Public Health Commissioner Mullen leaving for federal post

Dr. Jewel Mullen answering questions during the Ebola outbreak.

Arielle Levin Becker / The CT Mirror

Dr. Jewel Mullen answering questions during the Ebola outbreak.

Public Health Commissioner Dr. Jewel Mullen is leaving to take a senior post with the U.S. Department of Health and Human Services.

Mullen, a primary care physician, has led the state Department of Public Health since 2011. She previously worked as a state public health official in Massachusetts and served as medical director for a community health center in Springfield.

Her new job, which she will begin next year, is in the office of the assistant secretary for health at HHS.

“Serving Connecticut residents for nearly the past five years as the state’s public health commissioner has been a tremendous privilege, as has working with the many dedicated professionals at DPH,” Mullen said in a statement. “Together, we tackled many public health challenges, and made changes to the department which will help further its vision for healthy communities across the state.”

DPH spokesman William Gerrish said Mullen is working on the details of the transition with the governor’s office.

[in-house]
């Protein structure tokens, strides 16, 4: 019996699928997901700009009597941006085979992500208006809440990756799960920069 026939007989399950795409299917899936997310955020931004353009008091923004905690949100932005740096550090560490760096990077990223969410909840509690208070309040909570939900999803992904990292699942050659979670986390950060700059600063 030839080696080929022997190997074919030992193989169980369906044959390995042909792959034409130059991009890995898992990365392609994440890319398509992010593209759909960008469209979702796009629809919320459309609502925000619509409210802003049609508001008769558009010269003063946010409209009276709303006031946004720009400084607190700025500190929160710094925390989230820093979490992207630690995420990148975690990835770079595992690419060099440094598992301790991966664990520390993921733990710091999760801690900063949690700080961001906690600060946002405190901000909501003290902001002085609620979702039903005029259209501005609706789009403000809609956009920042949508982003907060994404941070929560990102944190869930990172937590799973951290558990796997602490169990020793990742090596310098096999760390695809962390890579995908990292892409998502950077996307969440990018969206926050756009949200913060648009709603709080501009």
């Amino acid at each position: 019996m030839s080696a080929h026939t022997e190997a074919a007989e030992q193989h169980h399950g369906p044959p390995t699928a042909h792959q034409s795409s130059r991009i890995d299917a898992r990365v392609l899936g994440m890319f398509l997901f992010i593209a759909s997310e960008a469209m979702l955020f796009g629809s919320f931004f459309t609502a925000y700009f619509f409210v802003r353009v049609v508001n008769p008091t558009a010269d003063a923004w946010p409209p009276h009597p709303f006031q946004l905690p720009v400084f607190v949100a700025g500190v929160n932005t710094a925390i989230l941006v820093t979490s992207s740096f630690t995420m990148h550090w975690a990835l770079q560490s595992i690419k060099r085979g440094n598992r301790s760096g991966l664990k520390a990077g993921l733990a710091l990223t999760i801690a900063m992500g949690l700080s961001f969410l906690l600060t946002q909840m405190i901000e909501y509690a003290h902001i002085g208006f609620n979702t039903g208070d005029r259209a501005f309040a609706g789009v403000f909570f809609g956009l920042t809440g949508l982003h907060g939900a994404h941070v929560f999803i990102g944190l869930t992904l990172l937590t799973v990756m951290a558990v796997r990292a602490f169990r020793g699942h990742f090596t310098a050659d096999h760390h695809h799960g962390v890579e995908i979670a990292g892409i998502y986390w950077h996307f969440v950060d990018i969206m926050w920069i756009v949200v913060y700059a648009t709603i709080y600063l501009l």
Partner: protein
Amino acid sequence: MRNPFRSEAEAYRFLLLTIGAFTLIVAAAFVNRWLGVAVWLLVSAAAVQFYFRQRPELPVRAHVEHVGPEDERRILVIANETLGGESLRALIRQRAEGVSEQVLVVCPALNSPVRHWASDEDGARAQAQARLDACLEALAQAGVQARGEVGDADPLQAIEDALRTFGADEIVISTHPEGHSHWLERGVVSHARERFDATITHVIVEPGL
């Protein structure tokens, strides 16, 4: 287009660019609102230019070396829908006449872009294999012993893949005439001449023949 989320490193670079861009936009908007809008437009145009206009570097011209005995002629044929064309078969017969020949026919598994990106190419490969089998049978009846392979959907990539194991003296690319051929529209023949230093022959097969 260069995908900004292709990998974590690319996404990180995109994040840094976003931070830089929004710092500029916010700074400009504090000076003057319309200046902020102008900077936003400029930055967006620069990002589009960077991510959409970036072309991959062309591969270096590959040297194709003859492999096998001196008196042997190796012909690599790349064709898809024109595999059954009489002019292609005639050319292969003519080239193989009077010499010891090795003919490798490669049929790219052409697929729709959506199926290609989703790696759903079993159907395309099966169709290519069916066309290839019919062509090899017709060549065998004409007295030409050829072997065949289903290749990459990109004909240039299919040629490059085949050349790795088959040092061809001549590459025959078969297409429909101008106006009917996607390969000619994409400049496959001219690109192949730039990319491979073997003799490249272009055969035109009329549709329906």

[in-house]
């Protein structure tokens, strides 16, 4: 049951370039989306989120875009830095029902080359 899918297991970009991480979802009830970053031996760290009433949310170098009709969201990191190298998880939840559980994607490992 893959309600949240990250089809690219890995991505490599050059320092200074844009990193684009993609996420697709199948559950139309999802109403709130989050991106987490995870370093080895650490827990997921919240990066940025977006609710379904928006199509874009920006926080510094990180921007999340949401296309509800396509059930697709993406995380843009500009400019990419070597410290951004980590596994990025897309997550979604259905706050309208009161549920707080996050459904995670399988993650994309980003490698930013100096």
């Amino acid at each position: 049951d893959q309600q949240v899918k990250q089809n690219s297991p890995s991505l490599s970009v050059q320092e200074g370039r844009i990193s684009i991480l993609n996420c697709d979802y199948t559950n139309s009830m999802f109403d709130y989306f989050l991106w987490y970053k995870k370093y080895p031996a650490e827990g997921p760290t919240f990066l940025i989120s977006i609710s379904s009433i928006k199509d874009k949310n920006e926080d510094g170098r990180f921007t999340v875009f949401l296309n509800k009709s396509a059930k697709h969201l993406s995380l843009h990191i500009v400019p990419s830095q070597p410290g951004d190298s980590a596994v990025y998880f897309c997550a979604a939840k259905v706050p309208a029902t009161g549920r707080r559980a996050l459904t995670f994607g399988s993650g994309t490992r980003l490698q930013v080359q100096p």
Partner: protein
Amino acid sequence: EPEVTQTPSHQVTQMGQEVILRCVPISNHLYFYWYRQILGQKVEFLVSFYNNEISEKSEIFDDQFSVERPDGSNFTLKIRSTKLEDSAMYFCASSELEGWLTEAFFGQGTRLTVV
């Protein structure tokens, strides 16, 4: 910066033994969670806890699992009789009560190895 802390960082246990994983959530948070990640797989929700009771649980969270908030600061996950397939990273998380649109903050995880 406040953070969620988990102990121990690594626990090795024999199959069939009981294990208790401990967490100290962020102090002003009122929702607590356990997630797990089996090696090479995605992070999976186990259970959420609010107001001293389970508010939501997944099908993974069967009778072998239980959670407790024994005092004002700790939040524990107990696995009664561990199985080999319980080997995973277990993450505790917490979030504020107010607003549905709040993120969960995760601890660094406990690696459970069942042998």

As public health commissioner, Mullen led efforts aimed at population health improvement, reducing racial disparities in low birth weight and infant mortality, addressing end-of-life care and improving emergency preparedness. Under her leadership, the department created an Office of Health Equity and made equity a key principle of the agency’s work.

She often noted that while Connecticut tends to score well on health measures, the overall picture masks many significant disparities within the population.

During Mullen’s tenure, the state legislature expanded the ability of nurse practitioners to practice independently – a long-controversial concept that Mullen backed. The department also played a key role in passage of a law that would allow terminally ill patients to document their end-of-life care choices in a medical order after discussing them with their doctor. The concept drew significant concern from advocates for people with disabilities, but many ultimately endorsed the measure after a lengthy process the department led to work out the details.

Mullen played a key role in the state’s preparedness and response efforts during the Ebola outbreak, when the state required some who had recently traveled to West Africa to be quarantined or actively monitored.

As commissioner, Mullen also oversees the state Office of Health Care Access, a key state regulator at a time of significant consolidation in health care. The office drew significant attention and controversy last year for its handling of the proposal by for-profit Tenet Healthcare to purchase Waterbury Hospital. Tenet withdrew its bid for Waterbury and four other Connecticut hospitals after the office indicated it would impose conditions on the sale that the company deemed overly burdensome.

In addition to her Connecticut work, Mullen has played a national role, serving as president of the Association of State and Territorial Health Officials.

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